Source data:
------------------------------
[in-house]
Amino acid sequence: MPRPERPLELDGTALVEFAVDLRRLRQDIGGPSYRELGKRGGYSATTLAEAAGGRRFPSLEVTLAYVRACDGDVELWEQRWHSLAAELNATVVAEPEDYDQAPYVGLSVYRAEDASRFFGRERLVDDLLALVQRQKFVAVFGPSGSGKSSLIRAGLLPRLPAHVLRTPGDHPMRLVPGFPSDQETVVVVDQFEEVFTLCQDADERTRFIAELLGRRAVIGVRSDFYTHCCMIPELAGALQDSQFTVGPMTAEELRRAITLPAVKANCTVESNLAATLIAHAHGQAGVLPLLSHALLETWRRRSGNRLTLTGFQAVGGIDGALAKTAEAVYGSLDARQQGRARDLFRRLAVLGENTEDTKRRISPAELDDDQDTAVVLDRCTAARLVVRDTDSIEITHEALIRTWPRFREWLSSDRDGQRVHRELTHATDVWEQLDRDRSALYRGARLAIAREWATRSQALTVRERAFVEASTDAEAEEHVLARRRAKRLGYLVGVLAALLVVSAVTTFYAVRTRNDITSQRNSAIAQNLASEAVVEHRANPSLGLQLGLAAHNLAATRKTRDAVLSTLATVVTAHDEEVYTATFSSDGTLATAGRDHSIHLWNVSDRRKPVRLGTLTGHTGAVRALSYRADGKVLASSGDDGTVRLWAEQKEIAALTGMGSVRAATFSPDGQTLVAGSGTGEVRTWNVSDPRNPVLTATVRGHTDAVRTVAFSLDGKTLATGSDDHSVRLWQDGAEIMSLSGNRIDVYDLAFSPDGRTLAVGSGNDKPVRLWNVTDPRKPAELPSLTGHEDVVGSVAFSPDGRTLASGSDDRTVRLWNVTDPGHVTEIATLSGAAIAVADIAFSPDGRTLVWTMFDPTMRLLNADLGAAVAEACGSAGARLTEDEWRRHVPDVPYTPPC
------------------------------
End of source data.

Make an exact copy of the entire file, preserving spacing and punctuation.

[in-house]
Amino acid sequence: MPRPERPLELDGTALVEFAVDLRRLRQDIGGPSYRELGKRGGYSATTLAEAAGGRRFPSLEVTLAYVRACDGDVELWEQRWHSLAAELNATVVAEPEDYDQAPYVGLSVYRAEDASRFFGRERLVDDLLALVQRQKFVAVFGPSGSGKSSLIRAGLLPRLPAHVLRTPGDHPMRLVPGFPSDQETVVVVDQFEEVFTLCQDADERTRFIAELLGRRAVIGVRSDFYTHCCMIPELAGALQDSQFTVGPMTAEELRRAITLPAVKANCTVESNLAATLIAHAHGQAGVLPLLSHALLETWRRRSGNRLTLTGFQAVGGIDGALAKTAEAVYGSLDARQQGRARDLFRRLAVLGENTEDTKRRISPAELDDDQDTAVVLDRCTAARLVVRDTDSIEITHEALIRTWPRFREWLSSDRDGQRVHRELTHATDVWEQLDRDRSALYRGARLAIAREWATRSQALTVRERAFVEASTDAEAEEHVLARRRAKRLGYLVGVLAALLVVSAVTTFYAVRTRNDITSQRNSAIAQNLASEAVVEHRANPSLGLQLGLAAHNLAATRKTRDAVLSTLATVVTAHDEEVYTATFSSDGTLATAGRDHSIHLWNVSDRRKPVRLGTLTGHTGAVRALSYRADGKVLASSGDDGTVRLWAEQKEIAALTGMGSVRAATFSPDGQTLVAGSGTGEVRTWNVSDPRNPVLTATVRGHTDAVRTVAFSLDGKTLATGSDDHSVRLWQDGAEIMSLSGNRIDVYDLAFSPDGRTLAVGSGNDKPVRLWNVTDPRKPAELPSLTGHEDVVGSVAFSPDGRTLASGSDDRTVRLWNVTDPGHVTEIATLSGAAIAVADIAFSPDGRTLVWTMFDPTMRLLNADLGAAVAEACGSAGARLTEDEWRRHVPDVPYTPPC